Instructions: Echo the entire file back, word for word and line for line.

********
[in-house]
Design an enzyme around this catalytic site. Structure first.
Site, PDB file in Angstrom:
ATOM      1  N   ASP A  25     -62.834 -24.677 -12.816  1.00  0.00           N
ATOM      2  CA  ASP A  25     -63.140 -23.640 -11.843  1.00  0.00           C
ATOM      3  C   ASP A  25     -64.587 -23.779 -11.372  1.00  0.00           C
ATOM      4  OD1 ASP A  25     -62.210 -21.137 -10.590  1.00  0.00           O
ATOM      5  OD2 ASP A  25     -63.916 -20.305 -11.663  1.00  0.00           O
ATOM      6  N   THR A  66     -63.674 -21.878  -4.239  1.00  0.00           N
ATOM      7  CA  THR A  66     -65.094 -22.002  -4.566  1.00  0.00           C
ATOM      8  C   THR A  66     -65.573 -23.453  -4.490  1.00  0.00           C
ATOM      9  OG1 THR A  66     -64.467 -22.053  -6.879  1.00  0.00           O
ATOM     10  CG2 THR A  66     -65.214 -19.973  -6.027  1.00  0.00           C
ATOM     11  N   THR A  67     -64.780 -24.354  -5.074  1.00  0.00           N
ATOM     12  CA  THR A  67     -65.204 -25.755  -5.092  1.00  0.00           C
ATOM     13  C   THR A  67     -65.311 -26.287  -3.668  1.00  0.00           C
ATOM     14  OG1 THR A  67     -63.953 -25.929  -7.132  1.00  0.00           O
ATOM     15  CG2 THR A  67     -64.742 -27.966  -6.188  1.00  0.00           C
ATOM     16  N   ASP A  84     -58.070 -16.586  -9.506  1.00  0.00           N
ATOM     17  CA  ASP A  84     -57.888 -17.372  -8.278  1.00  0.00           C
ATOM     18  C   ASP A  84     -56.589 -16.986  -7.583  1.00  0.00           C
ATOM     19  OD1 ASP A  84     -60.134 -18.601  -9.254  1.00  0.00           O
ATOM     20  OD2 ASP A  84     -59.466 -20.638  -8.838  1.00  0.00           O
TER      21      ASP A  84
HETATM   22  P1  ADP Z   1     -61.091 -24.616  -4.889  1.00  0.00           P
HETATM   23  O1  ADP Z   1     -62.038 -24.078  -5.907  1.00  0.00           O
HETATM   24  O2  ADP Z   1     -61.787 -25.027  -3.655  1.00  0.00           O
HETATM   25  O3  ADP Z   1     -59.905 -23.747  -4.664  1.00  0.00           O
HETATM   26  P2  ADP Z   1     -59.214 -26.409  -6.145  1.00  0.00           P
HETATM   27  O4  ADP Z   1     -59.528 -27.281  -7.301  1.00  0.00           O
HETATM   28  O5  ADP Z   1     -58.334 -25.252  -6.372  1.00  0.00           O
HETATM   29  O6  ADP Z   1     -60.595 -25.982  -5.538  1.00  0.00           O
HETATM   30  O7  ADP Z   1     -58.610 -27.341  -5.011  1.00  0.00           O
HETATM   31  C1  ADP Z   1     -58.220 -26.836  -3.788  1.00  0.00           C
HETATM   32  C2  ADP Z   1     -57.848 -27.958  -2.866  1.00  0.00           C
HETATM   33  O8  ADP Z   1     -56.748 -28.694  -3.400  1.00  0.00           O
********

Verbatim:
[in-house]
Design an enzyme around this catalytic site. Structure first.
Site, PDB file in Angstrom:
ATOM      1  N   ASP A  25     -62.834 -24.677 -12.816  1.00  0.00           N
ATOM      2  CA  ASP A  25     -63.140 -23.640 -11.843  1.00  0.00           C
ATOM      3  C   ASP A  25     -64.587 -23.779 -11.372  1.00  0.00           C
ATOM      4  OD1 ASP A  25     -62.210 -21.137 -10.590  1.00  0.00           O
ATOM      5  OD2 ASP A  25     -63.916 -20.305 -11.663  1.00  0.00           O
ATOM      6  N   THR A  66     -63.674 -21.878  -4.239  1.00  0.00           N
ATOM      7  CA  THR A  66     -65.094 -22.002  -4.566  1.00  0.00           C
ATOM      8  C   THR A  66     -65.573 -23.453  -4.490  1.00  0.00           C
ATOM      9  OG1 THR A  66     -64.467 -22.053  -6.879  1.00  0.00           O
ATOM     10  CG2 THR A  66     -65.214 -19.973  -6.027  1.00  0.00           C
ATOM     11  N   THR A  67     -64.780 -24.354  -5.074  1.00  0.00           N
ATOM     12  CA  THR A  67     -65.204 -25.755  -5.092  1.00  0.00           C
ATOM     13  C   THR A  67     -65.311 -26.287  -3.668  1.00  0.00           C
ATOM     14  OG1 THR A  67     -63.953 -25.929  -7.132  1.00  0.00           O
ATOM     15  CG2 THR A  67     -64.742 -27.966  -6.188  1.00  0.00           C
ATOM     16  N   ASP A  84     -58.070 -16.586  -9.506  1.00  0.00           N
ATOM     17  CA  ASP A  84     -57.888 -17.372  -8.278  1.00  0.00           C
ATOM     18  C   ASP A  84     -56.589 -16.986  -7.583  1.00  0.00           C
ATOM     19  OD1 ASP A  84     -60.134 -18.601  -9.254  1.00  0.00           O
ATOM     20  OD2 ASP A  84     -59.466 -20.638  -8.838  1.00  0.00           O
TER      21      ASP A  84
HETATM   22  P1  ADP Z   1     -61.091 -24.616  -4.889  1.00  0.00           P
HETATM   23  O1  ADP Z   1     -62.038 -24.078  -5.907  1.00  0.00           O
HETATM   24  O2  ADP Z   1     -61.787 -25.027  -3.655  1.00  0.00           O
HETATM   25  O3  ADP Z   1     -59.905 -23.747  -4.664  1.00  0.00           O
HETATM   26  P2  ADP Z   1     -59.214 -26.409  -6.145  1.00  0.00           P
HETATM   27  O4  ADP Z   1     -59.528 -27.281  -7.301  1.00  0.00           O
HETATM   28  O5  ADP Z   1     -58.334 -25.252  -6.372  1.00  0.00           O
HETATM   29  O6  ADP Z   1     -60.595 -25.982  -5.538  1.00  0.00           O
HETATM   30  O7  ADP Z   1     -58.610 -27.341  -5.011  1.00  0.00           O
HETATM   31  C1  ADP Z   1     -58.220 -26.836  -3.788  1.00  0.00           C
HETATM   32  C2  ADP Z   1     -57.848 -27.958  -2.866  1.00  0.00           C
HETATM   33  O8  ADP Z   1     -56.748 -28.694  -3.400  1.00  0.00           O